Connecting the Steps

This brief from New America analyzes actions taken by four states to improve the kindergarten transition process, describing actions taken by West Virginia, Colorado, Oregon, and Washington and discussing the opportunities and challenges with their approaches.

While the planning of a stable, well-connected transition between early education and kindergarten falls largely within the purview of individual schools and districts, states can actively encourage intentional, local efforts to smooth transitions to kindergarten.


Montgomery AL Early Childhood Director

Montgomery is moving forward a city/countywide pre-K for all plan and is seeking an early learning director to spearhead this effort. The director will collaborate inside and outside of the MPS system. Outside collaboration will include, but not be limited to, maximizing partnerships with nonprofit and private child care centers, Head Start and the Alabama First Class Pre-K program and research-based home visiting programs at the Alabama Department of Early Childhood Education. The Early Childhood Director will also supervise the development, organization, implementation, coordination and evaluation of the early childhood and preschool instructional programs in the school system to ensure that all students will meet or exceed the state core curriculum content standards.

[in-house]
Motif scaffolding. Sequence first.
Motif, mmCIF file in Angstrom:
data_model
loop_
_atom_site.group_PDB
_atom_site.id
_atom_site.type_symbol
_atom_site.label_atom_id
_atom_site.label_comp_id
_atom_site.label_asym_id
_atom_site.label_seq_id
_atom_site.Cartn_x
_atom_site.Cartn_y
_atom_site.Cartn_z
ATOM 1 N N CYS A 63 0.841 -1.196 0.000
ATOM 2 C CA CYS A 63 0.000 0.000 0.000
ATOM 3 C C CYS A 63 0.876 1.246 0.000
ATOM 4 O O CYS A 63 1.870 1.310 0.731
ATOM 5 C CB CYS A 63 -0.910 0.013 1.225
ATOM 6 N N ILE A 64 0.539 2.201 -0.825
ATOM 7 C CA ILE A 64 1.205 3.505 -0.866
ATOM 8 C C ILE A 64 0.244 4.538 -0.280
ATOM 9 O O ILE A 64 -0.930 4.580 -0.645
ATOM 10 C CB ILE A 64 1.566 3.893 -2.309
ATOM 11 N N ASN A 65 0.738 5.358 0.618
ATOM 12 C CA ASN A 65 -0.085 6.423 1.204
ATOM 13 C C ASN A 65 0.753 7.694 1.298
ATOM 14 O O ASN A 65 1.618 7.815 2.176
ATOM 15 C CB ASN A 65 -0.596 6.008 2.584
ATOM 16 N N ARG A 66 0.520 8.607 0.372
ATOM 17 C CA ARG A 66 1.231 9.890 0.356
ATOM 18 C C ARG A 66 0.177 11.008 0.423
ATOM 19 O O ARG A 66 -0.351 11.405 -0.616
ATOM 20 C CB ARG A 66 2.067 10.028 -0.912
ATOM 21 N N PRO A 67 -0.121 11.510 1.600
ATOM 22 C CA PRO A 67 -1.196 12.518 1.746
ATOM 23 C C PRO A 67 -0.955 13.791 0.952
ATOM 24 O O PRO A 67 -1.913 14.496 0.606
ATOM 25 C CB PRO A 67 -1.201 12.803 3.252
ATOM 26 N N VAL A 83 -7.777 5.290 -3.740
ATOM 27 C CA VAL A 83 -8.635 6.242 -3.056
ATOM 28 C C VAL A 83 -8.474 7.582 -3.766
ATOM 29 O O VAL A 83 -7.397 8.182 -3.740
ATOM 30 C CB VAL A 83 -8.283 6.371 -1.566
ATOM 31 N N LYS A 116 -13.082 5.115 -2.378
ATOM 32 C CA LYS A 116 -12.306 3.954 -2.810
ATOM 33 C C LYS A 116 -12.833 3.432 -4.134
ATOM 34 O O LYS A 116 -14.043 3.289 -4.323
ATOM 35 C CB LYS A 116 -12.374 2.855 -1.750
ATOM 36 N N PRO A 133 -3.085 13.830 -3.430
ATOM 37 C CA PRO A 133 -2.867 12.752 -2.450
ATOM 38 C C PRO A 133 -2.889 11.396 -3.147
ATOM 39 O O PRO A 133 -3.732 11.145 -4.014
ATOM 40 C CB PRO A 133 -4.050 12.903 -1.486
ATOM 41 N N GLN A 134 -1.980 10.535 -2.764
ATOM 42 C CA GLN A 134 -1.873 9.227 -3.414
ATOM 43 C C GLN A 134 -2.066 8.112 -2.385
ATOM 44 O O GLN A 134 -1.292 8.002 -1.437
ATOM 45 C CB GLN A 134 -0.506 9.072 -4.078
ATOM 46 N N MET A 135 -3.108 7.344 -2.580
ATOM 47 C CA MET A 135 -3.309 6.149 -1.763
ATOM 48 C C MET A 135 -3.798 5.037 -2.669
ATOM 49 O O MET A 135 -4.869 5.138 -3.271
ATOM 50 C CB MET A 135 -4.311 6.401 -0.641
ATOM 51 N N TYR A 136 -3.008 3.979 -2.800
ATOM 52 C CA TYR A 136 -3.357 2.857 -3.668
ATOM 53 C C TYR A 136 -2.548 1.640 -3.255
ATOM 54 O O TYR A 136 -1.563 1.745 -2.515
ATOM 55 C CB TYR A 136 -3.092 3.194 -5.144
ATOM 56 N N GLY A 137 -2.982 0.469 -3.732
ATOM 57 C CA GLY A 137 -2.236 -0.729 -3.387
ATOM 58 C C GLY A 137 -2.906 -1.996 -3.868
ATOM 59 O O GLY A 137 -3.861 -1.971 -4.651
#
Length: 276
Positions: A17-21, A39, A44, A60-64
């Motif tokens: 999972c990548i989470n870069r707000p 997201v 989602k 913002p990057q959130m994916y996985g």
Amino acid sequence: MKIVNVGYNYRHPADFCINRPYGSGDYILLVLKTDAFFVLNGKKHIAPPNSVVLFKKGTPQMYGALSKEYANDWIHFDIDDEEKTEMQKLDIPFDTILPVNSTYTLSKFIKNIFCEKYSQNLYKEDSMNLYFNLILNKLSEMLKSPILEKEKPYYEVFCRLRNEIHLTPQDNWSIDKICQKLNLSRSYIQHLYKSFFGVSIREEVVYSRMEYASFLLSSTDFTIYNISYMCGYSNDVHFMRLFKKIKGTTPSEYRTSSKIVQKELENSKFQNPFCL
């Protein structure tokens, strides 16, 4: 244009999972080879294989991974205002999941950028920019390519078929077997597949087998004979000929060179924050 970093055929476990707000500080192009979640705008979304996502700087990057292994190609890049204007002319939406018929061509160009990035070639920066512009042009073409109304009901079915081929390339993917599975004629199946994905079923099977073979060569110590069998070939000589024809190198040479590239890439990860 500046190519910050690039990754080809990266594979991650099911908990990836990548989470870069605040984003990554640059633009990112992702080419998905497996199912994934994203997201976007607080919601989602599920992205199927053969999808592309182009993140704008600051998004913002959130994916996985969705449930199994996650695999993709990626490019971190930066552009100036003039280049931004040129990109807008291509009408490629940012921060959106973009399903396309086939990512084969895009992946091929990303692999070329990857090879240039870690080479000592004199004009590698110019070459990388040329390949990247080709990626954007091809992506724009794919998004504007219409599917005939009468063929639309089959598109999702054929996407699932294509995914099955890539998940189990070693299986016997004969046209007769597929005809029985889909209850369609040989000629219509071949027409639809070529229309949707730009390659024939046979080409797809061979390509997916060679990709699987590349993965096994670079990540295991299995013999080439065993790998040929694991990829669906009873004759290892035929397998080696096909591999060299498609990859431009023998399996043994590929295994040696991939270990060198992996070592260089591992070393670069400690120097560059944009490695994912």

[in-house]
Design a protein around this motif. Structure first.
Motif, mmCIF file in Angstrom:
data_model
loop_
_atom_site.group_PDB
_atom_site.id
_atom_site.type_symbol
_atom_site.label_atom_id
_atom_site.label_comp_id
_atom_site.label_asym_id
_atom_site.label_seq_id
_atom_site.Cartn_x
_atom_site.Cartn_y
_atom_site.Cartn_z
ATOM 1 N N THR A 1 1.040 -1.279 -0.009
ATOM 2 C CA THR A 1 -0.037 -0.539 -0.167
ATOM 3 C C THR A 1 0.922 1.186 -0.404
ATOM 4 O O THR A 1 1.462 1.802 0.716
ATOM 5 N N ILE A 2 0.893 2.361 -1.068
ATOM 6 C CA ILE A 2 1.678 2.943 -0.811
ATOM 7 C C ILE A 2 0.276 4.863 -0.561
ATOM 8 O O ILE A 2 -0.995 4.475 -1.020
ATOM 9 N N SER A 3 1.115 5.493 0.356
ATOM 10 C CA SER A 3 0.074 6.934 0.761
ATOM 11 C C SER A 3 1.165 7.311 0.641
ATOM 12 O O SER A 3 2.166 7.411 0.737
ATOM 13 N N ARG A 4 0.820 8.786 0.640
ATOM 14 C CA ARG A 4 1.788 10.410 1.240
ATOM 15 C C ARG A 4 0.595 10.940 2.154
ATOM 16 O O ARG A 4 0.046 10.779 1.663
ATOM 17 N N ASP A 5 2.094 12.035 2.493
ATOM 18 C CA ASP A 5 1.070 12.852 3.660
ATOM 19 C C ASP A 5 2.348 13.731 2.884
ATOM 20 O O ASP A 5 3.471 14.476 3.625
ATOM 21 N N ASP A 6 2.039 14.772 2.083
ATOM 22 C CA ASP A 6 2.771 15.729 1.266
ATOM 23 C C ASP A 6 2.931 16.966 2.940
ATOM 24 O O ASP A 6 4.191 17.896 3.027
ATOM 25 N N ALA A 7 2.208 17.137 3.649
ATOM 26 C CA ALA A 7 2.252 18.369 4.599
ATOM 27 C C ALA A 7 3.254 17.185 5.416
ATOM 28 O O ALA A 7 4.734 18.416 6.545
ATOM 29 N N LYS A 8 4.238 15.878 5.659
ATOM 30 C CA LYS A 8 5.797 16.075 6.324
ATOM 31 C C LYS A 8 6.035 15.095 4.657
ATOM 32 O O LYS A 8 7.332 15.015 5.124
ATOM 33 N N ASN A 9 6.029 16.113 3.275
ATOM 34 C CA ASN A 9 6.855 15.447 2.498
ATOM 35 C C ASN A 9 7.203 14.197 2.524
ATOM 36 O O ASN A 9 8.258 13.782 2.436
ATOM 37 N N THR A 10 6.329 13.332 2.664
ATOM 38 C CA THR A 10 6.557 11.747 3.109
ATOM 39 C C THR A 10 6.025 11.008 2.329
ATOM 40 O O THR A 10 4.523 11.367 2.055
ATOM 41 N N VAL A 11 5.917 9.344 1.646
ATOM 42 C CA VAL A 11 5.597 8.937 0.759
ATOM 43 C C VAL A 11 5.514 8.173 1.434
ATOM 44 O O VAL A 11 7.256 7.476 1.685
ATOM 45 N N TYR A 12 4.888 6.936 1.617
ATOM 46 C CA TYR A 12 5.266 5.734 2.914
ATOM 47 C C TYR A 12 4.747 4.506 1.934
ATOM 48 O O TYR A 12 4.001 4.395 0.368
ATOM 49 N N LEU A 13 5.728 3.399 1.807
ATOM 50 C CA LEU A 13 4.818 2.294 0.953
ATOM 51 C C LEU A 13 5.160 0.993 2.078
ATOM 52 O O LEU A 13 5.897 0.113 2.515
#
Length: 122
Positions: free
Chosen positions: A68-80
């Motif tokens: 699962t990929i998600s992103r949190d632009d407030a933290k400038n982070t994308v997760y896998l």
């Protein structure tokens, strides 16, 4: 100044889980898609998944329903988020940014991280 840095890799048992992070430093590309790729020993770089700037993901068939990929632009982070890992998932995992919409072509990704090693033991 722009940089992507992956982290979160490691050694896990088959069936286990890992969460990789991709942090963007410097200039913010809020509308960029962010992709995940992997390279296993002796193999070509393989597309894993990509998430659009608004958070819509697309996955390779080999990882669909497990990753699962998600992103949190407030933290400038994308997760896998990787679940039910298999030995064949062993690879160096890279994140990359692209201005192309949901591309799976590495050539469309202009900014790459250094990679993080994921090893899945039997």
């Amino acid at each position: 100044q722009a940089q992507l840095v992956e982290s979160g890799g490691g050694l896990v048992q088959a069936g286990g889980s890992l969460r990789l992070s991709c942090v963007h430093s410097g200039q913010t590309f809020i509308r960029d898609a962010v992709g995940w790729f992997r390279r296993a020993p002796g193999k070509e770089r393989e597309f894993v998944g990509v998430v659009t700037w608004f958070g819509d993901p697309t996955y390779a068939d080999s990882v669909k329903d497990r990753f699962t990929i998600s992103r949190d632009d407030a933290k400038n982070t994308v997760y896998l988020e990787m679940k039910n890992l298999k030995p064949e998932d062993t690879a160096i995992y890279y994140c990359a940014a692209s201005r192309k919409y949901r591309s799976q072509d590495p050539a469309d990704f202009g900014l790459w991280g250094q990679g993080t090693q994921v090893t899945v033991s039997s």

Applicants should complete the State of Alabama on-line application and attach it to the specific job number in order to be considered. Questions should be directed to the Office of Human Resources at (334) 223-6730.

Research Study Survey

Dr. Carlo Panlilio, at the Pennsylvania State University, and Christy Tirrell-Corbin, at the Center for Early Childhood Education and Intervention in Maryland, are developing a curriculum tentatively entitled, Trauma Sensitive Pedagogy (TSP). In order to ensure the TSP curriculum meets the needs of teachers/specialists/administrators, they are conducting a research study, which relies on educators and other school personnel, such as school psychologists/counselors/social workers, childcare providers, home visitors and administrators, to share their knowledge, skills and experiences relative to childhood trauma.

The survey will take approximately 20 minutes to complete and participants will have the option to enter into a raffle for one of twenty $50 Amazon gift cards! To complete the survey, click here.


NCSL Early Care and Education Webinar Series

State Preschool Programs: Annual Yearbook Update

Thursday July 20, 2017
2 pm ET/ 11 am PT

NCSL’s Early Care and Education project covers a range of policy topics from child care, prekindergarten, infant and early childhood home visiting, to financing strategies and more. This webinar features NIEER Senior Co-Director W. Steven Barnett Ph.D. and Assistant Research Professor Allison Friedman-Krauss Ph.D., along with Sen. Brice Wiggins, (R-MS). Register here.

Early Education News Roundup

ICYMI: Read this week’s key stories on early childhood education issues.